This is where we differentiate the adults in the room to the children. This is where we show the difference between the grown-ups and those learning how to crawl in the political world.
The results of the recent U.S. Census report underscores a growing and very diverse America that will be even more so in the near future. Those who call themselves leaders should be speaking about diversity and how to make it more of a reality in this age. They should not be stereotyping an innocent Asian woman who cannot speak English.=”p6″> Hoekstra can do better. If he is student of history (which I suspect he is), he will learn from the Gingrich campaign and try not to become the issue in the Michigan senatorial campaign and, instead, talk about the issues that matter.
By using the now infamous Asian ad, he has shown himself to be not only a polarizing figure, but also one who will defend that title as well, much like Gingrich is doing on the campaign trail.
But I still believe Hoekstra can do better than that. Let him show Michigan that he did not drink the Tea Party Kool-Aid poison that suggests that Obama is the worst president ever and that every Democrat is evil.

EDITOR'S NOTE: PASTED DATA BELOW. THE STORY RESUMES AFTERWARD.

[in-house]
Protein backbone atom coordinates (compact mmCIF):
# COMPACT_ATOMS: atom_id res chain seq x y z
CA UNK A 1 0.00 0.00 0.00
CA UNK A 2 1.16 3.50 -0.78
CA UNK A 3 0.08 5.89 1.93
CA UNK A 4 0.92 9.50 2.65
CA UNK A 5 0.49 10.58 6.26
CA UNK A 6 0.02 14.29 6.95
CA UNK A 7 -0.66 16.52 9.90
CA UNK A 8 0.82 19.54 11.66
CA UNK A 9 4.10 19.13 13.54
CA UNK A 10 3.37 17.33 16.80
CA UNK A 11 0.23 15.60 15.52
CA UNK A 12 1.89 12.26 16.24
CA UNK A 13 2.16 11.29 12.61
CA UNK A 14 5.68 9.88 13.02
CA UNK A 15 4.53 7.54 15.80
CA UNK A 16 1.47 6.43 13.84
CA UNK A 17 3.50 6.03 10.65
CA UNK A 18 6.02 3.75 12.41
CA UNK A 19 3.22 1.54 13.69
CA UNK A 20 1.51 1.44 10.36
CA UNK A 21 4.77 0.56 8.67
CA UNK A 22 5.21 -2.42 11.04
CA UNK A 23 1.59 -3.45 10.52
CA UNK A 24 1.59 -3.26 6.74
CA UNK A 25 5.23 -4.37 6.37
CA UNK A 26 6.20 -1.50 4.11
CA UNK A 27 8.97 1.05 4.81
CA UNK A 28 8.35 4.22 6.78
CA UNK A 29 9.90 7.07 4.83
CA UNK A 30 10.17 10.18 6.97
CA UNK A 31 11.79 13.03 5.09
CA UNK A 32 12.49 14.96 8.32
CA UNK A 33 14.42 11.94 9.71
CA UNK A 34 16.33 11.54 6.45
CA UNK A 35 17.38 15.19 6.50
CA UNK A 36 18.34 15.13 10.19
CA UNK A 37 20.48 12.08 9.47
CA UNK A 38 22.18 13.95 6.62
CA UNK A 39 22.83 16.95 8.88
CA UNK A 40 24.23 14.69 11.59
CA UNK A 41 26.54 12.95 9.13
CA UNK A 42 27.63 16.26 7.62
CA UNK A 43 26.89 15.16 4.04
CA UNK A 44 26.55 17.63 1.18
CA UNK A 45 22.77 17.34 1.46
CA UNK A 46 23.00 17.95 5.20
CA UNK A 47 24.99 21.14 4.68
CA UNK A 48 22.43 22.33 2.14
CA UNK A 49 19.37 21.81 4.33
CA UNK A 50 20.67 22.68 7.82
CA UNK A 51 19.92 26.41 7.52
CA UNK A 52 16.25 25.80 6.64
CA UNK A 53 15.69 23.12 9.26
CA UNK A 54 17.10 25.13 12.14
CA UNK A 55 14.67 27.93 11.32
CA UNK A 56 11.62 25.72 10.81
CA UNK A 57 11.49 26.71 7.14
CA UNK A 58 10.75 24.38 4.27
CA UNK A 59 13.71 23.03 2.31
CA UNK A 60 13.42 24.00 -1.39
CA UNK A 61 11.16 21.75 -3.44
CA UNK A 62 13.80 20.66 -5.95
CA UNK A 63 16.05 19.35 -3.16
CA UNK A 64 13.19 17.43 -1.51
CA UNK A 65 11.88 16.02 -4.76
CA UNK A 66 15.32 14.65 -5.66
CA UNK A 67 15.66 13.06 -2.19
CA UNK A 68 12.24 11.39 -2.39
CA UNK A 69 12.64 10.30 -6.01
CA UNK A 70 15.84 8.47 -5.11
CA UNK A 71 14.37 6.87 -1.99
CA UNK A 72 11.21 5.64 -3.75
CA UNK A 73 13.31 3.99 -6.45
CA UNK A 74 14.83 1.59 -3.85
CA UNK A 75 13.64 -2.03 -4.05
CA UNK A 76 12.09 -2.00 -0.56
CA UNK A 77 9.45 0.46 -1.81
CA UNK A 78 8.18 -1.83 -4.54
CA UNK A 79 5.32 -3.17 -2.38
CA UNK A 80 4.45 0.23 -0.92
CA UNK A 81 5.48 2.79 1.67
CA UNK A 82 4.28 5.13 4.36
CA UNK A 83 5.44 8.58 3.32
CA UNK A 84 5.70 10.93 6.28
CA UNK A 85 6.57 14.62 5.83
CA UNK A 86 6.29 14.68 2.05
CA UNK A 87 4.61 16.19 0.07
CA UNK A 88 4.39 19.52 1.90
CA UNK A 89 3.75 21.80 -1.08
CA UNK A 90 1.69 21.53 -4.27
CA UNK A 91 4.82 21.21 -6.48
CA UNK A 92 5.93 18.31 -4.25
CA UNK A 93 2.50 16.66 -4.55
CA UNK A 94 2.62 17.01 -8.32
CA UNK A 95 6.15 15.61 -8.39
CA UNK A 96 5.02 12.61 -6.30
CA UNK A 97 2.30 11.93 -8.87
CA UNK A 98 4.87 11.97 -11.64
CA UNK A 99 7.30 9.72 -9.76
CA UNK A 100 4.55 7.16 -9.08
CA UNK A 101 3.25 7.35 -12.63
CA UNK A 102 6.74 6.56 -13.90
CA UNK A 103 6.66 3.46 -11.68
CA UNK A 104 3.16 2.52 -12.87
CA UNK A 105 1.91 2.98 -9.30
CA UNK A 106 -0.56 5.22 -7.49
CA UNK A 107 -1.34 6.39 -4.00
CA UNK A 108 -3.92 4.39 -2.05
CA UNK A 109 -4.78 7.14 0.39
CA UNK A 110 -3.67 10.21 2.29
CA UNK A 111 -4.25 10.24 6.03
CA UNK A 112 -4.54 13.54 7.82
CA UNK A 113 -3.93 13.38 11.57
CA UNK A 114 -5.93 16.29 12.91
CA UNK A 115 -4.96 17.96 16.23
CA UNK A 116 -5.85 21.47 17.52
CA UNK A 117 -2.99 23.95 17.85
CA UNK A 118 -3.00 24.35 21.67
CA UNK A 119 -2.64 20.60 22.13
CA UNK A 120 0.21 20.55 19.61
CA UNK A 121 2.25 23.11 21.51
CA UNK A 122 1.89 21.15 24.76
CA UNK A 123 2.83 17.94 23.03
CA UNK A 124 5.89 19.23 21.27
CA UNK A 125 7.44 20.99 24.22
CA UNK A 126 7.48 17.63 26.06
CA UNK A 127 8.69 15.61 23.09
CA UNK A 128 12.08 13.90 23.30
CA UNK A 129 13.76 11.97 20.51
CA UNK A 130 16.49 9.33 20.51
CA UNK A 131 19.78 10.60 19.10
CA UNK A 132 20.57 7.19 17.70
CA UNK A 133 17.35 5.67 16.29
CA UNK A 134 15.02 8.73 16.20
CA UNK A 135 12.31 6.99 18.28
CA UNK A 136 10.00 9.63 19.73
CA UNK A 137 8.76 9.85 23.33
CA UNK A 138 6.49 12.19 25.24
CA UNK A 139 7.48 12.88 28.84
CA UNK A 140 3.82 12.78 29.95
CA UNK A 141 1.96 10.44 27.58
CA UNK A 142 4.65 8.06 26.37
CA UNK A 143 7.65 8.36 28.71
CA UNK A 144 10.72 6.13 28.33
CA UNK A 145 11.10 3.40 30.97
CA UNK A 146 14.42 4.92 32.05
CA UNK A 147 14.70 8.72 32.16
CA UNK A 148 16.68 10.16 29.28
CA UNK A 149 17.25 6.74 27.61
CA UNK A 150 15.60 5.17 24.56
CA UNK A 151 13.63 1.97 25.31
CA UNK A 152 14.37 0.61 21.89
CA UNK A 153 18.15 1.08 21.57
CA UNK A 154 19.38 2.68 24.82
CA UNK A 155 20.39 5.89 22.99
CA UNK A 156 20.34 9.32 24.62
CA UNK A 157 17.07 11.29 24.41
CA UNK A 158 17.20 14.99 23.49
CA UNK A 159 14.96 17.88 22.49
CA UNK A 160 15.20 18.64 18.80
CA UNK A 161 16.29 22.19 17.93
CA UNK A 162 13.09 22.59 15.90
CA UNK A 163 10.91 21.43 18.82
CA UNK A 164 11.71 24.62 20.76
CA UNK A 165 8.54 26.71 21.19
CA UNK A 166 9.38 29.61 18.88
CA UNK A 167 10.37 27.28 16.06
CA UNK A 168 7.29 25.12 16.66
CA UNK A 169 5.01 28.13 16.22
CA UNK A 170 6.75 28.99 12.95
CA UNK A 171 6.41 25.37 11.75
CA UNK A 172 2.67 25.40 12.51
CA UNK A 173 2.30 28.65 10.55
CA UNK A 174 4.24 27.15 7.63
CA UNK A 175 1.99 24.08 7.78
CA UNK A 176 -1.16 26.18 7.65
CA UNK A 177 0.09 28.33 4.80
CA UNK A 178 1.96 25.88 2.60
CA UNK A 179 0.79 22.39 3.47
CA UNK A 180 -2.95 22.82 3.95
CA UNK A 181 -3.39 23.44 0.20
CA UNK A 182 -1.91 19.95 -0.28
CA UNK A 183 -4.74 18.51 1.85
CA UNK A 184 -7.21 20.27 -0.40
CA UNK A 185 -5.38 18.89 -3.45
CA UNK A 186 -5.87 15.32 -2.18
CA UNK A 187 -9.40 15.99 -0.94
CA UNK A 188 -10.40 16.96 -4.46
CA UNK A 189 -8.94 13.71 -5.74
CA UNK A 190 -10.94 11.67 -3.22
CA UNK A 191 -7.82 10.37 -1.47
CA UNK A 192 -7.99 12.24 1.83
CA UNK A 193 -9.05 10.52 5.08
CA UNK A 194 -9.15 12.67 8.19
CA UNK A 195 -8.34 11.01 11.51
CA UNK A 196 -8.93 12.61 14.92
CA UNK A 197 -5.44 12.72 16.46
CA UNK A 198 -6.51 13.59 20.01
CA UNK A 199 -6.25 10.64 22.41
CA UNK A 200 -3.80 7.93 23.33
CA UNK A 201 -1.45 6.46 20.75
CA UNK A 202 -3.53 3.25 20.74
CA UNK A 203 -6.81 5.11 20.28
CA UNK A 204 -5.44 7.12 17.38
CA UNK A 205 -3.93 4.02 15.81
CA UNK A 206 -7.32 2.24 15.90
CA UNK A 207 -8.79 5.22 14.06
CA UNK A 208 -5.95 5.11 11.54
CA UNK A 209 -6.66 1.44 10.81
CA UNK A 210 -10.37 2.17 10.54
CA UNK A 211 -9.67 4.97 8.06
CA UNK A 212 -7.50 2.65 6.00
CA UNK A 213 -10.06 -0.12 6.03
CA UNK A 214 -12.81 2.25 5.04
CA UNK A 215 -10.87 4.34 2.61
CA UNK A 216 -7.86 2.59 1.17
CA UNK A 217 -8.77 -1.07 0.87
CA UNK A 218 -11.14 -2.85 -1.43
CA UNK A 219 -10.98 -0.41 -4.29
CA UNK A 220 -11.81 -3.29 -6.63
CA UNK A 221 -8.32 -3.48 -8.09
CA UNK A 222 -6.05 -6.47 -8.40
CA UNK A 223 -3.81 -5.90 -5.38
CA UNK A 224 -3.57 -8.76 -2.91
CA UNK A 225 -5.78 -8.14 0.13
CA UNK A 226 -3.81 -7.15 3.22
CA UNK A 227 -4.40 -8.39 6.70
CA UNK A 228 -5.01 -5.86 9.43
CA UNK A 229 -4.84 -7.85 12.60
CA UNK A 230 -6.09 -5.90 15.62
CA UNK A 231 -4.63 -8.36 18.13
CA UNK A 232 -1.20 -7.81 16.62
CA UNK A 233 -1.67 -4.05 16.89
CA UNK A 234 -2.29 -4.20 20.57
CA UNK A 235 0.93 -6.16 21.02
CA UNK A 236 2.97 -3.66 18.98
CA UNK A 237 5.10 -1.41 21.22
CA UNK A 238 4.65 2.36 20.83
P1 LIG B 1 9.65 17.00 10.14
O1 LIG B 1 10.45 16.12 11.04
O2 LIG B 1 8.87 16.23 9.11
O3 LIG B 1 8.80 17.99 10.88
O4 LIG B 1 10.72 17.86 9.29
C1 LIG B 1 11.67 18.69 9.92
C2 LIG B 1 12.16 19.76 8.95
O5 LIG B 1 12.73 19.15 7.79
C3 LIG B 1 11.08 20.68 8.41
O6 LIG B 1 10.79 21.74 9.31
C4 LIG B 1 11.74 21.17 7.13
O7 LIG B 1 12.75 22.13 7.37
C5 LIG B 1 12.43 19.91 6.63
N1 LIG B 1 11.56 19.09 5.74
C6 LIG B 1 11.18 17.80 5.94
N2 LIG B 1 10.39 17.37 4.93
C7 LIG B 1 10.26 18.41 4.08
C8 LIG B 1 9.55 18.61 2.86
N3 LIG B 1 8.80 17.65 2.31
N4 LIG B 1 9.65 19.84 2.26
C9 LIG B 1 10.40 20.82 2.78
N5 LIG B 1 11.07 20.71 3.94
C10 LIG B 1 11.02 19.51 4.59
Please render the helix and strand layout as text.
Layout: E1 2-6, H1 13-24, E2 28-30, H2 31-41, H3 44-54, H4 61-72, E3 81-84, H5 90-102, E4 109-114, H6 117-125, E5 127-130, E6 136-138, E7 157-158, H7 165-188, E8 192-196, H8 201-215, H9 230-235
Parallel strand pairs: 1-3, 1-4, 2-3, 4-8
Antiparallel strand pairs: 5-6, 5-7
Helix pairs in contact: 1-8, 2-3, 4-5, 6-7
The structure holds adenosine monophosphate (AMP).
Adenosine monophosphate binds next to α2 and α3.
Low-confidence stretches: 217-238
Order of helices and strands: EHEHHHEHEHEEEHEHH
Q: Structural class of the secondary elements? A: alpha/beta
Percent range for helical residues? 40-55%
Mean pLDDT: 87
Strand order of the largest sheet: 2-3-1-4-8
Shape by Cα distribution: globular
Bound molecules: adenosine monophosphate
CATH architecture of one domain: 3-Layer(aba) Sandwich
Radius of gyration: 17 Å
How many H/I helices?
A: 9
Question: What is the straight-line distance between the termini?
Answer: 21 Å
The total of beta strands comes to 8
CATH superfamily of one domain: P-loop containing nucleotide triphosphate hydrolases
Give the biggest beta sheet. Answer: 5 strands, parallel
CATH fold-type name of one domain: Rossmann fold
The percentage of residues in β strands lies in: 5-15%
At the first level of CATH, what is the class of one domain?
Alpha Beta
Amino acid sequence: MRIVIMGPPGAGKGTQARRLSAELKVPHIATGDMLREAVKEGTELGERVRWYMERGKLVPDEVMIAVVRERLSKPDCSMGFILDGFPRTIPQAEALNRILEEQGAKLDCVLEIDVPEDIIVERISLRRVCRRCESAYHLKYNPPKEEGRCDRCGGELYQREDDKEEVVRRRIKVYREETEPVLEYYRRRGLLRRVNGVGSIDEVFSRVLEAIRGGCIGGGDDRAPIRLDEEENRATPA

Bankole Thompson is the editor of the Michigan Chronicle and the author of a six-part series on the Obama presidency, including “Obama and Black Loyalty,” published last year. His latest book is “Obama and Christian Loyalty” with an epilogue written by Bob Weiner, former White House spokesman. His upcoming books in 2012 are “Obama and Jewish Loyalty” and “Obama and Business Loyalty.” Listen to him every Thursday, 11:30 a.m., on WDET 101.9 FM Detroit, and every Sunday, 9 to 10 p.m. on the “Obama Watch program on WLIB 1190 AM-New York. E-mail firstname.lastname@example.org.